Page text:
2. Today Moses called Paul a "despicable miscreant." It was awesome.
3. It's snowing.
4. A couple of weeks ago in one of my classes we were discussing the Columbine High School shootings. My professor asked, "Where were you guys when that happened? At what stage of life were you then?" The general consensus: sixth grade. Yikes.
5. I have two 10-page papers yet to write this semester.
6. After receiving the same alarming email about five times regarding The Golden Compass and how it is the anti-Narnia and about "killing god" I really, really wanted it read it. So, I did. And I really, really liked it. It's very unsuspecting until the end, when it gets rather heretical--maybe sin is good. The church says sin is bad, but the church is bad, so why should we believe the church? Only, here's the thing--it's all happening in an alternate universe. The alternate universe is very much like our universe, but it is not our universe. The church has some similarities to our church, but it is not our church. And there is a quote from "the Bible" which is similar to our Bible...you get the picture. So, I understand the desire to be cautious. It would all be a little over my kids' heads at this point anyway. But, if they want to read it later (and they've seen previews and TOTALLY want to see the movie, but we have a solid rule about reading the book first) I might allow it, if we are reading it together and are able to discuss what it all means. I'm not so much for ruling a book out completely, but this book certainly would raise some deep theological questions in a thinking twelve-year-old reader, which could be good, could be bad. I'll probably take up the next book in the series over Christmas break.
7. Phoebe is reading Harry Potter & The Prisoner of Azkaban on her own. Constantly. It is so fun to see her hooked.
8. We are all listening to a book on CD called The Tale of Despereaux: Being the Story of a Mouse, a Princess, Some Soup and a Spool of Thread. I LOVE it.
9. While we're on books, I really want a Kindle. Maybe. It was this quote from the Newsweek article by Steven Levy this week that really got me:
Microsoft's Bill Hill has a riff where he runs through the energy-wasting,
resource-draining process of how we make books now. We chop down trees,
transport them to plants, mash them into pulp, move the pulp to another
factory to press into sheets, ship the sheets to a plant to put dirty marks
on them,then cut the sheets and bind them and ship the thing around the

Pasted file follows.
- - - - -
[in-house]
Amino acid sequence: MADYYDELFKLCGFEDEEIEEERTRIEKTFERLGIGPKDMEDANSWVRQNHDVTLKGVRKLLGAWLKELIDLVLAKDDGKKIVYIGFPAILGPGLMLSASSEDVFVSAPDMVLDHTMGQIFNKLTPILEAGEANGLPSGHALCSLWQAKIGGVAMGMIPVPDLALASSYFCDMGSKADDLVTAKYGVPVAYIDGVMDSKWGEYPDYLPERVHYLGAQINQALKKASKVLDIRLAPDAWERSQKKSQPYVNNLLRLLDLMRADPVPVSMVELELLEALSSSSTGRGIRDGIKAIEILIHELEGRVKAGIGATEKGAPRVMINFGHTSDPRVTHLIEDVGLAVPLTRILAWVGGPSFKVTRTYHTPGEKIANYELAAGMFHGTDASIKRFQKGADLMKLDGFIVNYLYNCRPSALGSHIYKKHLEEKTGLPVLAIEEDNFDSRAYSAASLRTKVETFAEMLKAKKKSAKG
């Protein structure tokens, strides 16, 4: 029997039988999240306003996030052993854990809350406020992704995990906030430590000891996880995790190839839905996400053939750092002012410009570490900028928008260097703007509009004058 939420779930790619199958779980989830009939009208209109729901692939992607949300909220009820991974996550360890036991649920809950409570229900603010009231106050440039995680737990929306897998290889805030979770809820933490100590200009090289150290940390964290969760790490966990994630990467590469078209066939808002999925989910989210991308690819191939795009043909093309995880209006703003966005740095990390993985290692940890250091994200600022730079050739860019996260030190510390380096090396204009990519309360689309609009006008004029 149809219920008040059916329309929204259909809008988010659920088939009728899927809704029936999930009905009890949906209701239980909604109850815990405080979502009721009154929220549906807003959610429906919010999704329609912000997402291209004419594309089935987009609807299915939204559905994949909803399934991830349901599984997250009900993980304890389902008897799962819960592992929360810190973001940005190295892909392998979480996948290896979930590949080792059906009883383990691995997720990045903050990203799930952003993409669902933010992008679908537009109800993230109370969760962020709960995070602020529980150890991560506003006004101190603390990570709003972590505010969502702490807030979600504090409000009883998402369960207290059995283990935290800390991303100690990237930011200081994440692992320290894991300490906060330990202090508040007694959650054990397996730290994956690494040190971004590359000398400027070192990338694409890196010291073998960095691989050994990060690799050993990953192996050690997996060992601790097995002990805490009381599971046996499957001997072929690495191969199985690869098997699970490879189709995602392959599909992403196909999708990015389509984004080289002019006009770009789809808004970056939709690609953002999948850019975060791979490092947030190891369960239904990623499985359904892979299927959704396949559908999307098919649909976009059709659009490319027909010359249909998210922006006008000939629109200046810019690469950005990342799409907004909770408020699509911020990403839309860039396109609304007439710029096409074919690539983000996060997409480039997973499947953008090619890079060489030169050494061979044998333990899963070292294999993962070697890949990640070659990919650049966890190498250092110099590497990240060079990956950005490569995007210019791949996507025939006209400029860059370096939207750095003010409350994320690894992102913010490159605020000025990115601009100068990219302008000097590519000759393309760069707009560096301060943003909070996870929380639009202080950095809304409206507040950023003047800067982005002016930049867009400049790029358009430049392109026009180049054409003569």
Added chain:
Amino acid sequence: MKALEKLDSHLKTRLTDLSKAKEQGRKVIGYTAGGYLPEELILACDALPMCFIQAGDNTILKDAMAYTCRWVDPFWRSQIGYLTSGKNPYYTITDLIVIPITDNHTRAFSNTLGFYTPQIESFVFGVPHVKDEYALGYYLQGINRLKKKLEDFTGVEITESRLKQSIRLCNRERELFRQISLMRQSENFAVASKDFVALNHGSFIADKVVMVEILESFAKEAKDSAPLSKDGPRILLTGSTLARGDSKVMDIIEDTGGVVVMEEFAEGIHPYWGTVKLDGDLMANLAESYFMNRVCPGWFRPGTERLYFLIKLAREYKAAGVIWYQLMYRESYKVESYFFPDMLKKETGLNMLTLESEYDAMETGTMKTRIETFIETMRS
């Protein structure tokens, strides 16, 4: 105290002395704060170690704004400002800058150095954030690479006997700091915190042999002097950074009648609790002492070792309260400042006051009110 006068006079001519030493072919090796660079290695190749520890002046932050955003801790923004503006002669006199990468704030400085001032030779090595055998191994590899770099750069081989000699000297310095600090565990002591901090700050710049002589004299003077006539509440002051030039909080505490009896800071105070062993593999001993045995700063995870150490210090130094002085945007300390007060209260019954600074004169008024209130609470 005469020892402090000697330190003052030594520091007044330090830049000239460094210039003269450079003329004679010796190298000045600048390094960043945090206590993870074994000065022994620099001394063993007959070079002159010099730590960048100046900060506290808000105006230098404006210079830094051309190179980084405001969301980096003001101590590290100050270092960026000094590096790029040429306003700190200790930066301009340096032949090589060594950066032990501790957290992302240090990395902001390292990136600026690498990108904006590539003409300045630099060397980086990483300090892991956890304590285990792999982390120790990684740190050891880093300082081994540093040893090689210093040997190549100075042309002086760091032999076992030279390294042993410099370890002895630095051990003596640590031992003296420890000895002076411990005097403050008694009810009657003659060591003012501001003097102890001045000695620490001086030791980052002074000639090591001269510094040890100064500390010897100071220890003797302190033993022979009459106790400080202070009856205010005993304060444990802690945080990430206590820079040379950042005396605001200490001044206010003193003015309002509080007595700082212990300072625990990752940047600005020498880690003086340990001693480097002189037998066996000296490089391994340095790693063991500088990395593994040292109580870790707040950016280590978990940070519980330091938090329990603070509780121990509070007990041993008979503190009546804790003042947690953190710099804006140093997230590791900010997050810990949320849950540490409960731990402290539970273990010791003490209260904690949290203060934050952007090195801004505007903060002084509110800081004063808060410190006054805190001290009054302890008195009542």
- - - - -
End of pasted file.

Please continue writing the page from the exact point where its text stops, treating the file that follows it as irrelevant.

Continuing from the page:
world. "Do you really believe that we'll be doing that in 50 years?" he asks.
10. I checked out a laptop from the library at Hastings College over Thanksgiving break. I think it's funny that I am able to do that. I sat at the Blue Moon and did research and wrote a paper. I still marvel at such technology: wireless, flash drives. It really changes the way school works. I bet all those punks who were in sixth grade in 1999 don't marvel at wireless and flash drives. They are too busy texting to marvel.
11. I went to McCook last week and played the opening set for a Tom Kimmel show at the Bieroc Cafe. I love going there. I hadn't seen most of the Bieroc crew since the Rocky Mountain Folks Festival. Good times.
12. As part of an assignment, I went to the HPS School Board meeting last Monday. It had all the usual board meeting blah blah blah which I'm very used to from being on the library board. However, it was a great night for future English teachers. The middle school english/language arts teachers were there in force and riled up becuase eigth grade reading has been taken out of the curriculum. As I understand it, there is currently specified reading instruction for all seventh graders and for some eigth graders. The proposed curriculum has eliminated it for all eigth graders, and these teachers want it, instead, for ALL eigth graders. My friend Deanna, seventh grade reading teacher, was first to speak (I had no idea this was going to be happening) and two other teachers followed. It was like Mr. Smith Goes to Washington. They rocked. I want to be an English teacher!